The interest rate on a credit card can be punishing for those that let themselves get too deep into debt. And the personal cost of using credit cards to fund your startup needs must be considered. After all should your business hit a bad patch and it becomes difficult meeting the repayments, your credit card debt can negatively harm your personal credit rating.
Credit cards have an awesome immediate advantage if you need just a small amount of money to get going, but be wary of the long-term consequences.
Raise Money From Family and Friends
The obvious benefit to raising money from friends or family is that you will have a very low interest (but likely no interest) repayment to make and you can avoid the hassles and fees associated with a bank loan.
Accepting money from friends and family is a risky endeavour, in that it does have a strong personal component that can have adverse consequence. Friction can easily develop, so it’s important to establish the realities of the investment from the very beginning:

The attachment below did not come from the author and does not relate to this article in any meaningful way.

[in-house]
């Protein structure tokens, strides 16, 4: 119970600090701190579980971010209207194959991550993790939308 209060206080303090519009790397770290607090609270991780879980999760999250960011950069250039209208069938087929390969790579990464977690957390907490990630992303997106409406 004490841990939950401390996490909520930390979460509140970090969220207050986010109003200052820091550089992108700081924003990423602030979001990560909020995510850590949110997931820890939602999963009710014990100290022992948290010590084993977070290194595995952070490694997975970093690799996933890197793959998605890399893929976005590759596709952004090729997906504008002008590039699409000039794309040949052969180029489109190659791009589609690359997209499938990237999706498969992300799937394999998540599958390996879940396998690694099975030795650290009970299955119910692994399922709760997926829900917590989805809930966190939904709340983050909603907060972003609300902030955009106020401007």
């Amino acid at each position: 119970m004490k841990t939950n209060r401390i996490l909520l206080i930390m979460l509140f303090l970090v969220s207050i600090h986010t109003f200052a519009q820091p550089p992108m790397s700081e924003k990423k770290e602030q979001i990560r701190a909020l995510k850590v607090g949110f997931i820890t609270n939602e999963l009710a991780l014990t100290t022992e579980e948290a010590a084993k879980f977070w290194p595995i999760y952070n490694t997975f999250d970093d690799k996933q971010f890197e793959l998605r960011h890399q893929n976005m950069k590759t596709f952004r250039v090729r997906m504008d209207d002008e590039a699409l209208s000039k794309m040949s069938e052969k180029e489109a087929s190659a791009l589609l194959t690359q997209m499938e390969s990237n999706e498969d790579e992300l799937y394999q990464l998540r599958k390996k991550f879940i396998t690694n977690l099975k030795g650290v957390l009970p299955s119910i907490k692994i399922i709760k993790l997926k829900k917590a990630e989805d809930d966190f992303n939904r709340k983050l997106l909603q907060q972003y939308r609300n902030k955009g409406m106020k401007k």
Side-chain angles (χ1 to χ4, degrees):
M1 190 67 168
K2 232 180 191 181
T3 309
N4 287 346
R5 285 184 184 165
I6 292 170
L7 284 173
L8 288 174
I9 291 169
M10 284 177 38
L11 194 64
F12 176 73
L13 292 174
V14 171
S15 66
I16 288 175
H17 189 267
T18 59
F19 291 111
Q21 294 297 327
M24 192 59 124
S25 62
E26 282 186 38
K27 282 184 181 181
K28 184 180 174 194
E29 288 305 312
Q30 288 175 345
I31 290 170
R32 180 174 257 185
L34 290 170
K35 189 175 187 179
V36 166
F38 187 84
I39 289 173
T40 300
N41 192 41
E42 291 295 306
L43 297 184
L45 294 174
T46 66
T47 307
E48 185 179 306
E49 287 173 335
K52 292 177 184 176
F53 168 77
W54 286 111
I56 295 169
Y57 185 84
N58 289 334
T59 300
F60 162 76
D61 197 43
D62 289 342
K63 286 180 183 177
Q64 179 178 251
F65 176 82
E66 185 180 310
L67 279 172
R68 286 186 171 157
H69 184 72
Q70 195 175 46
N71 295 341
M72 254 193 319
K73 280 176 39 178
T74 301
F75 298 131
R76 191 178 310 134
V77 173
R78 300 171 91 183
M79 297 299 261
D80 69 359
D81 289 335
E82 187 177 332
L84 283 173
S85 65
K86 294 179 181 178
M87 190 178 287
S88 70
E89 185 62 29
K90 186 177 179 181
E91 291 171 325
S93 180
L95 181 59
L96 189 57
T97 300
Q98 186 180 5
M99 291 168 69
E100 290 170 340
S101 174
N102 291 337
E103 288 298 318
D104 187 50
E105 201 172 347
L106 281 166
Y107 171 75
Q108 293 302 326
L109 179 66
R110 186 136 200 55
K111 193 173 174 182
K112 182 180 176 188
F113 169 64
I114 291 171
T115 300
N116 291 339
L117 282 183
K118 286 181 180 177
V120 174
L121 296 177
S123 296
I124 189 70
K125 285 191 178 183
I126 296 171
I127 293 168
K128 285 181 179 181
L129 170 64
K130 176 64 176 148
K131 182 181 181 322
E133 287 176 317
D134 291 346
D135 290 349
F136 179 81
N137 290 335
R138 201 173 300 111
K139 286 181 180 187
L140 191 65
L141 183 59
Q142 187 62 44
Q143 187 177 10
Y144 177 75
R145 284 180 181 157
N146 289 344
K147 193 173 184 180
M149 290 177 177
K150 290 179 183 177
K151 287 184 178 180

- Is this a loan or an investment?
- What is the level of risk involved?
- How much money should they expect to receive in return?
- When should they expect to see it paid?
All of these questions need to be established and answered before you accept money from a friend or relative. As you blur the boundary between a personal relationship and a business relationship, you want to ensure that you don’t destroy either relationship.